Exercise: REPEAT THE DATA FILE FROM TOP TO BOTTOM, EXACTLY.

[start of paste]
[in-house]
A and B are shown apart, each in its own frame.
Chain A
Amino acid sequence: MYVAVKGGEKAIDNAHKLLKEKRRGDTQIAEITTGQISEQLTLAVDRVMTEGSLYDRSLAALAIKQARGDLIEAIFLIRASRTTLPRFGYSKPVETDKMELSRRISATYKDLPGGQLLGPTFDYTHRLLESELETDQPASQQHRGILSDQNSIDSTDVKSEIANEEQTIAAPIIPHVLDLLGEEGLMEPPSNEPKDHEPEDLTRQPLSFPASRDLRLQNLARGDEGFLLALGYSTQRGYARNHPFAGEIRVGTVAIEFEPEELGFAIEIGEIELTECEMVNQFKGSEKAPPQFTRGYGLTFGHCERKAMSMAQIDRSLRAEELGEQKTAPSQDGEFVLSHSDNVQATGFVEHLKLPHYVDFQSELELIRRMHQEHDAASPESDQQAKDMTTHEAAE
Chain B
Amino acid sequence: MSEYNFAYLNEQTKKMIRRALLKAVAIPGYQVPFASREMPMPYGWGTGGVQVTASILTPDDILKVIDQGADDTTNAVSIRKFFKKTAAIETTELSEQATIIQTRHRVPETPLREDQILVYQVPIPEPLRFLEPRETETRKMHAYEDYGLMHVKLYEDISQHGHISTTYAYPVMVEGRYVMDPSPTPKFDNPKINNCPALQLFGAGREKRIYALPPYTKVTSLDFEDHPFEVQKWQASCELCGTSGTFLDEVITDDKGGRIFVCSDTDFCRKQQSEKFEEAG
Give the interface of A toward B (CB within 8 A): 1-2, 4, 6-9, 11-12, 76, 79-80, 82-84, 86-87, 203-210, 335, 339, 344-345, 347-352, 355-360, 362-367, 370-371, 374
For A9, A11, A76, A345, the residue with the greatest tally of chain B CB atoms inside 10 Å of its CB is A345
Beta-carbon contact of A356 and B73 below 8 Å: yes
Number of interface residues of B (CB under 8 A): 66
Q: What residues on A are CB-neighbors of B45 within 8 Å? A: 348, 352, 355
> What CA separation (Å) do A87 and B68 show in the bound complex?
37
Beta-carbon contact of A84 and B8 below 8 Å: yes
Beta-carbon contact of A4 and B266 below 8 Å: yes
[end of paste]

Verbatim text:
[in-house]
A and B are shown apart, each in its own frame.
Chain A
Amino acid sequence: MYVAVKGGEKAIDNAHKLLKEKRRGDTQIAEITTGQISEQLTLAVDRVMTEGSLYDRSLAALAIKQARGDLIEAIFLIRASRTTLPRFGYSKPVETDKMELSRRISATYKDLPGGQLLGPTFDYTHRLLESELETDQPASQQHRGILSDQNSIDSTDVKSEIANEEQTIAAPIIPHVLDLLGEEGLMEPPSNEPKDHEPEDLTRQPLSFPASRDLRLQNLARGDEGFLLALGYSTQRGYARNHPFAGEIRVGTVAIEFEPEELGFAIEIGEIELTECEMVNQFKGSEKAPPQFTRGYGLTFGHCERKAMSMAQIDRSLRAEELGEQKTAPSQDGEFVLSHSDNVQATGFVEHLKLPHYVDFQSELELIRRMHQEHDAASPESDQQAKDMTTHEAAE
Chain B
Amino acid sequence: MSEYNFAYLNEQTKKMIRRALLKAVAIPGYQVPFASREMPMPYGWGTGGVQVTASILTPDDILKVIDQGADDTTNAVSIRKFFKKTAAIETTELSEQATIIQTRHRVPETPLREDQILVYQVPIPEPLRFLEPRETETRKMHAYEDYGLMHVKLYEDISQHGHISTTYAYPVMVEGRYVMDPSPTPKFDNPKINNCPALQLFGAGREKRIYALPPYTKVTSLDFEDHPFEVQKWQASCELCGTSGTFLDEVITDDKGGRIFVCSDTDFCRKQQSEKFEEAG
Give the interface of A toward B (CB within 8 A): 1-2, 4, 6-9, 11-12, 76, 79-80, 82-84, 86-87, 203-210, 335, 339, 344-345, 347-352, 355-360, 362-367, 370-371, 374
For A9, A11, A76, A345, the residue with the greatest tally of chain B CB atoms inside 10 Å of its CB is A345
Beta-carbon contact of A356 and B73 below 8 Å: yes
Number of interface residues of B (CB under 8 A): 66
Q: What residues on A are CB-neighbors of B45 within 8 Å? A: 348, 352, 355
> What CA separation (Å) do A87 and B68 show in the bound complex?
37
Beta-carbon contact of A84 and B8 below 8 Å: yes
Beta-carbon contact of A4 and B266 below 8 Å: yes